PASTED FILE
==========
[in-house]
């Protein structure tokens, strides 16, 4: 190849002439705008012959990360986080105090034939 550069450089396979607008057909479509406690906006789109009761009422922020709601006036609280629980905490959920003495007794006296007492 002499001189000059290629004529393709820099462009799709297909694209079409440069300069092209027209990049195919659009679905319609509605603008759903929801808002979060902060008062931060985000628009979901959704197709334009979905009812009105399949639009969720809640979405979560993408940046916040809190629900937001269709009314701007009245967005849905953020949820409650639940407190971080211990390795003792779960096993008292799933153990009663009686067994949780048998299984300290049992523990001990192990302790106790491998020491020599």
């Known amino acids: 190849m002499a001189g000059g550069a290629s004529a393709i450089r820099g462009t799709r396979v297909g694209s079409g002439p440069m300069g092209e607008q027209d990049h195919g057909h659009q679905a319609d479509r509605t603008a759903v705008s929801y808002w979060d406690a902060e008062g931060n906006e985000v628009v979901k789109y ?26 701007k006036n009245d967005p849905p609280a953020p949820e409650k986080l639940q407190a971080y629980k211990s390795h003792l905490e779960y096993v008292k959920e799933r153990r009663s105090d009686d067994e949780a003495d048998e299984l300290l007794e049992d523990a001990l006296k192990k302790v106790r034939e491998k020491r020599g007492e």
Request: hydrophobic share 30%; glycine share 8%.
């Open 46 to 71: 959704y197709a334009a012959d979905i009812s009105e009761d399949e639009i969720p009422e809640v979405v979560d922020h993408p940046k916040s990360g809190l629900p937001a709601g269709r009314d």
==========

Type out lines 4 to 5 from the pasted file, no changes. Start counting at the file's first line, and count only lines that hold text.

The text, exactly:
Request: hydrophobic share 30%; glycine share 8%.
């Open 46 to 71: 959704y197709a334009a012959d979905i009812s009105e009761d399949e639009i969720p009422e809640v979405v979560d922020h993408p940046k916040s990360g809190l629900p937001a709601g269709r009314d």